Dagger in hand

A man of prodigious fortune, coming to add his opinion to some light discussion that was going on casually at his table, began precisely thus: "It can only be a liar or an ignoramus who will say otherwise than," and so on. Pursue that philosophical point, dagger in hand.

--Michel de Montaigne, Of the art of discussion.

Stab back: cmnewman99-at-yahoo.com


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Saturday, August 24, 2002
Update on my post below : Paola agrees with Oriana's book translator:
"The rage and the pride" versus "War and Peace"...even in Italian it was translated into "Guerra e Pace", not "La Guerra e La Pace"...I actually think that the article "the" helps define the emotions as Oriana's and connects them to the events. She is not describing the emotions abstractly, she is specifically referring to events that have aroused those very emotions in her. Those are the very emotions that she wants to instill in us. They are specific.

She's right, of course. This is a specific instantiation. I was following my ear, not my head.

As long as I'm at it, I should confess another error I realized some time ago. In the antisemitism piece. The line I translated as "In hell the Nobel prize honors he who does not receive it" should actually read more like, "To hell with the Nobel prize and praised be he who does not receive it." There was no accent over that "e", I just somehow inferred one in my mind. Luckily I didn't change the underlying meaning much--just the form of the insult.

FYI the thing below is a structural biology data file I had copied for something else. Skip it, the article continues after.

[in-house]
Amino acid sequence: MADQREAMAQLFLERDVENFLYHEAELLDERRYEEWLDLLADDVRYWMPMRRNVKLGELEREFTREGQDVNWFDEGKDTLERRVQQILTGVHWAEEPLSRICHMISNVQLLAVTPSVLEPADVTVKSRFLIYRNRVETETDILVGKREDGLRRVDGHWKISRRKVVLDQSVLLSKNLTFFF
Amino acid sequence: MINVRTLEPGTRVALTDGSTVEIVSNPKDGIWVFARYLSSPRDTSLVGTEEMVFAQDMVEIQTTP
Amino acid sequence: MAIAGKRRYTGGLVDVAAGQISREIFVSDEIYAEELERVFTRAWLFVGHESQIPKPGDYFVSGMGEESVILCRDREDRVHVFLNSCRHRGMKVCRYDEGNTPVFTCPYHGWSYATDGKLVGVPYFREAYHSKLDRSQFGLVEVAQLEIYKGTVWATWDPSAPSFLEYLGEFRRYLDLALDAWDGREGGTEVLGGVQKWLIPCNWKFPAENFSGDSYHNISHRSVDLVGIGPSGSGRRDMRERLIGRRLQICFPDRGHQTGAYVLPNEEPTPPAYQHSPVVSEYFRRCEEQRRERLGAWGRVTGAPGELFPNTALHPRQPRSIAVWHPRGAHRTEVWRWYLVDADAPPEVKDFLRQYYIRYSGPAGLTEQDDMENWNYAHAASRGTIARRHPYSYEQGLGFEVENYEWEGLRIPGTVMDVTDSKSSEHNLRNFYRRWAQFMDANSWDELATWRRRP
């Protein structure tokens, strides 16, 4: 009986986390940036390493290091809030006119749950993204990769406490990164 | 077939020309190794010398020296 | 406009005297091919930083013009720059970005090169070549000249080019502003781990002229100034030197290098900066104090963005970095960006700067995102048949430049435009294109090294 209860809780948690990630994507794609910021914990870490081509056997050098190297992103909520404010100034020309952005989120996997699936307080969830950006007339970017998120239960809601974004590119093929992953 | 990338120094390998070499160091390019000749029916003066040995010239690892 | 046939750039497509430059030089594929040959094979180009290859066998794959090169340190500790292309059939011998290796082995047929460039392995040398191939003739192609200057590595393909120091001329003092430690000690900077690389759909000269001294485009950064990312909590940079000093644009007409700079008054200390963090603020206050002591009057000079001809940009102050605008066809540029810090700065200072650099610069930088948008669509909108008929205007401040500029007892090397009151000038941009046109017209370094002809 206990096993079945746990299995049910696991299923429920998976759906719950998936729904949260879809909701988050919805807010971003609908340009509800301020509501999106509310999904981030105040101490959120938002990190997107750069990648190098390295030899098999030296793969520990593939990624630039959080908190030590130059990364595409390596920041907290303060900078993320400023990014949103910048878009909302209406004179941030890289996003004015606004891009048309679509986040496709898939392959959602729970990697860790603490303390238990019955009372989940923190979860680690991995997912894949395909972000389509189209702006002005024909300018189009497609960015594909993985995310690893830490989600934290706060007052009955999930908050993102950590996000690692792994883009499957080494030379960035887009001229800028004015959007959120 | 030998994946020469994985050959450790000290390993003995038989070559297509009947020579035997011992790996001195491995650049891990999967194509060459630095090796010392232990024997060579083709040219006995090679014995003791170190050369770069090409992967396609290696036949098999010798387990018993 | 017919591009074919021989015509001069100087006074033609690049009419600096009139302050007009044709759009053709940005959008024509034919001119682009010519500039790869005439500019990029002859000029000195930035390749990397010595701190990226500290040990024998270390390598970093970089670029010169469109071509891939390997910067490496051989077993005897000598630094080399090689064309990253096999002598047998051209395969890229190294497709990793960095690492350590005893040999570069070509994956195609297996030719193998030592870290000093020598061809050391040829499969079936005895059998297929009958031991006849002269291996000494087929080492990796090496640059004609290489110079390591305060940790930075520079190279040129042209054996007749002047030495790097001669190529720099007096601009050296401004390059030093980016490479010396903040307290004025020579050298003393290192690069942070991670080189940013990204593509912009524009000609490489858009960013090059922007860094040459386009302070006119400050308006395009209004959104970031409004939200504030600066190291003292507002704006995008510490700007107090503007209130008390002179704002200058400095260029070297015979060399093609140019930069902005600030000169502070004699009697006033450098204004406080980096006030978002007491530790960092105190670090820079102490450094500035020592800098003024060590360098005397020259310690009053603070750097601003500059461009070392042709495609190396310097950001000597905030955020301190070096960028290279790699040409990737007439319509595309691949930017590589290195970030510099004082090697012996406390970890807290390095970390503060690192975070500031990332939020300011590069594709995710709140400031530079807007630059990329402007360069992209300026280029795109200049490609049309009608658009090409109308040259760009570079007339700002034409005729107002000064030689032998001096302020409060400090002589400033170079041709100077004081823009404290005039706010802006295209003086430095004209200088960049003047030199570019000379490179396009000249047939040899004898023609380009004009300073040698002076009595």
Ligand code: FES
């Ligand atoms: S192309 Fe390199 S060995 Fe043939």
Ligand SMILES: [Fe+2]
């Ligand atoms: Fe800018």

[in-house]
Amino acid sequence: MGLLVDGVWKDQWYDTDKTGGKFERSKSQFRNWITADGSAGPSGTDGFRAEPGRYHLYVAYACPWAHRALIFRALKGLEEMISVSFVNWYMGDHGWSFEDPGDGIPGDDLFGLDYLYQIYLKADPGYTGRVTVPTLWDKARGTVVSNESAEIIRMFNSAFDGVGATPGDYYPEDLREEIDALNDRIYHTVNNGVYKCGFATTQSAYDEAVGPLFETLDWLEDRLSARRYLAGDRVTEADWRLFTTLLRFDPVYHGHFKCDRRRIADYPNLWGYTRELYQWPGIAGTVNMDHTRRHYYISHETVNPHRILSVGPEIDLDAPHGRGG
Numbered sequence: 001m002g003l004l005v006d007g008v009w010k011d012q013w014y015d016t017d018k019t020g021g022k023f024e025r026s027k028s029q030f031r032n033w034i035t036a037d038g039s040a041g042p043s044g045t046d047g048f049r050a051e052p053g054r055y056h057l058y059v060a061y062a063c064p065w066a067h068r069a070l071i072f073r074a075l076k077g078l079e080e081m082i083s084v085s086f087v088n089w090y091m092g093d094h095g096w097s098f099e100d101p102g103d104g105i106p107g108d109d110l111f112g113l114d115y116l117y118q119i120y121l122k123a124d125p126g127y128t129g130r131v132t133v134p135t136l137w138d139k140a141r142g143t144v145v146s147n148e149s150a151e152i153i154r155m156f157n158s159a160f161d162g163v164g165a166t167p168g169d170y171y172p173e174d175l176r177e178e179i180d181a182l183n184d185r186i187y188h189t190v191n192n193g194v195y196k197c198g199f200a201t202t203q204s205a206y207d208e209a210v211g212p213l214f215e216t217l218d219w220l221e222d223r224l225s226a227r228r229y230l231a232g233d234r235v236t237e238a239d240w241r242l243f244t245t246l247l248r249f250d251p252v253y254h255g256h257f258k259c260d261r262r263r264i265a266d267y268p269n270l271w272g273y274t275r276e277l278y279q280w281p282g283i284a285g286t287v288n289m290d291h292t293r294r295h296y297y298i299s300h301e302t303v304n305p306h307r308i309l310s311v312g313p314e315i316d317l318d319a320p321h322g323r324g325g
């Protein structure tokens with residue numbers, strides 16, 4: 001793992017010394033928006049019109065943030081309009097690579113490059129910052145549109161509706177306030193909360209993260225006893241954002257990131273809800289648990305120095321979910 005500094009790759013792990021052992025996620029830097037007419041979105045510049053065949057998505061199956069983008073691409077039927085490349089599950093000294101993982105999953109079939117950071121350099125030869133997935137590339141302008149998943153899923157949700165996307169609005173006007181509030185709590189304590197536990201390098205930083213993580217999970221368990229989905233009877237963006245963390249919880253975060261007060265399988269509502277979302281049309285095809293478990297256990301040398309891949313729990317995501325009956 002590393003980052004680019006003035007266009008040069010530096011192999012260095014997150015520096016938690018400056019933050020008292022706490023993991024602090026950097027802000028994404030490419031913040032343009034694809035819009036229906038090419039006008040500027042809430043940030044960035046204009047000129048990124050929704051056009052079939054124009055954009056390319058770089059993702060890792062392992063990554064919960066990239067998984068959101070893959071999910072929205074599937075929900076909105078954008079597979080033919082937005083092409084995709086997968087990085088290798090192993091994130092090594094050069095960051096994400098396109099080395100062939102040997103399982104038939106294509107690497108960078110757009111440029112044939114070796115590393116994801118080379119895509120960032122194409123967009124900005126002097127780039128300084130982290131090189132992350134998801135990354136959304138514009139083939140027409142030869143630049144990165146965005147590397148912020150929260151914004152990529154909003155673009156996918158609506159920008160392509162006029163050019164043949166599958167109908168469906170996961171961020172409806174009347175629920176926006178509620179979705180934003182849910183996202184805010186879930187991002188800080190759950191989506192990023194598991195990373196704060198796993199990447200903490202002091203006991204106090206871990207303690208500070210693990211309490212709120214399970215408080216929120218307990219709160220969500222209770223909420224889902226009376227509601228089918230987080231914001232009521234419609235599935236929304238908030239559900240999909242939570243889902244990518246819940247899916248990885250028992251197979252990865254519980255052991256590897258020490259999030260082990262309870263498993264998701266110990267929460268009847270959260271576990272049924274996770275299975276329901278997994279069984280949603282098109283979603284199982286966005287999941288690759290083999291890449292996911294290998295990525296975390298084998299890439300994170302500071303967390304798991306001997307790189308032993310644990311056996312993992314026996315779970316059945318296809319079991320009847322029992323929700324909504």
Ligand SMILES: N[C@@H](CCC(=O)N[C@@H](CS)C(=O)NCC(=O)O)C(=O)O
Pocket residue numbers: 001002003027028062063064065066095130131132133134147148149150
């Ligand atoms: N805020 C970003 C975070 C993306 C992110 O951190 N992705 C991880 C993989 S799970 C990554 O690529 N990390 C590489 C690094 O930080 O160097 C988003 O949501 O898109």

UPDATE: After writing the above, I happened to receive the following message from an Italian reader (of the translation, not this blog):
I recently happened to read your translations as appearing in your website dated December 19, 2001, including your following messages dated April 2002.

First of all, my opninion is that your translation is far better and more comprehensible to U.S. people than the official one. You have used expressions which I can quickly recognize as typical American and do not make use of literal translations of Italian phrases and syntax, albeit giving a true rendering of the author's meaning.

Given the fact that there are many roads leading to Rome, as an old Italian "adagio" says, you have selected the best route for Americans to understand easily and fully Oriana's extraordinary book and her message to the world. Without the typical pitfalls made even by the most qualified Italian translators. It's a pity you could not complete the authorized translation of the entire book.

I don't know what "official" translation he's talking about, as I never saw one of the article. I certainly hope the book translation doesn't suffer from the pitfalls he's talking about, and am pretty confident that it won't. It's not like this is the first book of hers to be published in English.

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